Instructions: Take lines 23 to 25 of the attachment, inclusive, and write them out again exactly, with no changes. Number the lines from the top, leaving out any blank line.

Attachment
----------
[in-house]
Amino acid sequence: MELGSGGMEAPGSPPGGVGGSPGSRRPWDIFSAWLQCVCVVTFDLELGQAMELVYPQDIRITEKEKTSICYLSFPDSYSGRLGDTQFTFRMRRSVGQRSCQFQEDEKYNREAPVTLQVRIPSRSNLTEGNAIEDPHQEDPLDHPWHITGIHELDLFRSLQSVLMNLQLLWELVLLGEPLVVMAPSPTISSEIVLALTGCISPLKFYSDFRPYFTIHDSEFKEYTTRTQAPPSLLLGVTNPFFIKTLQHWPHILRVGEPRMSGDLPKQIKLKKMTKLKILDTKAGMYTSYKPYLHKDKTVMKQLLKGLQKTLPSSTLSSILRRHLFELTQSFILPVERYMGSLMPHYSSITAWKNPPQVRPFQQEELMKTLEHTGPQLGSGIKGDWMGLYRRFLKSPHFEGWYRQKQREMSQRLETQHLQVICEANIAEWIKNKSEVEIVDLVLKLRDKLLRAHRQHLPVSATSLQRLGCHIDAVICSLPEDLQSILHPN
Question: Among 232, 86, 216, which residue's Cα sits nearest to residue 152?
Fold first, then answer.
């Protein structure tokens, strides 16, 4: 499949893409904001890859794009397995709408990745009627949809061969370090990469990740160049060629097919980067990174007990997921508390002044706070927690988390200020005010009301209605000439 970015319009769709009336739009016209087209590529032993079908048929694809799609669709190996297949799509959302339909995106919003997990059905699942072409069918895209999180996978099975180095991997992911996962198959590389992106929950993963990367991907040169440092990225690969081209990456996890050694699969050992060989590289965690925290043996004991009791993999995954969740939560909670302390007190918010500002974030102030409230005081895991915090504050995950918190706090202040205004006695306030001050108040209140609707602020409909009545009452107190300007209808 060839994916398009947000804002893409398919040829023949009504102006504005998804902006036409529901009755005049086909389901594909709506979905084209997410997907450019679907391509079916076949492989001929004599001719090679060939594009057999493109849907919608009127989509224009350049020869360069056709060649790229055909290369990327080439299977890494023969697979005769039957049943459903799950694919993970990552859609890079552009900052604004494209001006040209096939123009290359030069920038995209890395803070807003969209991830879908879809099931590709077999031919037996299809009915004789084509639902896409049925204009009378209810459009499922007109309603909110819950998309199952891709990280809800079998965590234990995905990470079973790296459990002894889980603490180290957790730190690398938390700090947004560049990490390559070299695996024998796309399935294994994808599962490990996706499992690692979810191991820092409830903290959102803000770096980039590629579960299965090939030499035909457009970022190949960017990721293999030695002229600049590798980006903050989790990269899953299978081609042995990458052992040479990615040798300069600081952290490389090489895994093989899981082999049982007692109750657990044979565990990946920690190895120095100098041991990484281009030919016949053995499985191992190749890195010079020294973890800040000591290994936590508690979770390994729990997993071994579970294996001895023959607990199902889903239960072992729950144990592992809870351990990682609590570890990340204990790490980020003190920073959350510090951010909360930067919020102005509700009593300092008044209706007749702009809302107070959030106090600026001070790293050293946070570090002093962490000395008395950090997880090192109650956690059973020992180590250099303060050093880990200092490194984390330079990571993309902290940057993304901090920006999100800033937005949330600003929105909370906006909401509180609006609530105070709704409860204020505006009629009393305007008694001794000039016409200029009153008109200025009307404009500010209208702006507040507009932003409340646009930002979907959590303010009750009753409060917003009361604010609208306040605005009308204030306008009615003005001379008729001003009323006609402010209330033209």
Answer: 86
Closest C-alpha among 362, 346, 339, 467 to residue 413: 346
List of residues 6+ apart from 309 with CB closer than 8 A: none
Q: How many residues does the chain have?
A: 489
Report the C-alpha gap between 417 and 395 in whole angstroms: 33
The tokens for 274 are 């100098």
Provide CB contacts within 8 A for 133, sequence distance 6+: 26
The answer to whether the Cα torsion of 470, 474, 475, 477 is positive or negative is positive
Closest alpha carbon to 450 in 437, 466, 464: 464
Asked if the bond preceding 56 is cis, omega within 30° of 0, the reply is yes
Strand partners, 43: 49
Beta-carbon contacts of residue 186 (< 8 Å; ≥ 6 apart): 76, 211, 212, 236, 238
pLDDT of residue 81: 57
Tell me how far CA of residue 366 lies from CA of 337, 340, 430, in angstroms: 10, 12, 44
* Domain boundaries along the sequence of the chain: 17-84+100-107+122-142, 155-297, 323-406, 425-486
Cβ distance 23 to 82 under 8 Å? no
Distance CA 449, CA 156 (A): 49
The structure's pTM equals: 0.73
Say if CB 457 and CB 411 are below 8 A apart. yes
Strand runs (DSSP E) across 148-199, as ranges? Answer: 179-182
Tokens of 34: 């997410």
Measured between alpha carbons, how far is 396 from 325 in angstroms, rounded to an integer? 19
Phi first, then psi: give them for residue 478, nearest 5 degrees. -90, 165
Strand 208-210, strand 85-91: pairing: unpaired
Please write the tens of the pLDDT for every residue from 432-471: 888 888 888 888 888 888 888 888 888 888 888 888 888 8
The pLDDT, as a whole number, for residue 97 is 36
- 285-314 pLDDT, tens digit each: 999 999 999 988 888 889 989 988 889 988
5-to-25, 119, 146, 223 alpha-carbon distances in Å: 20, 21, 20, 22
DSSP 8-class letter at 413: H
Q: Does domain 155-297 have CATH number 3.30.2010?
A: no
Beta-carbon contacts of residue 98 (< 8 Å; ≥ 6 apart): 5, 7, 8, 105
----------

Distance CA 449, CA 156 (A): 49
The structure's pTM equals: 0.73
Say if CB 457 and CB 411 are below 8 A apart. yes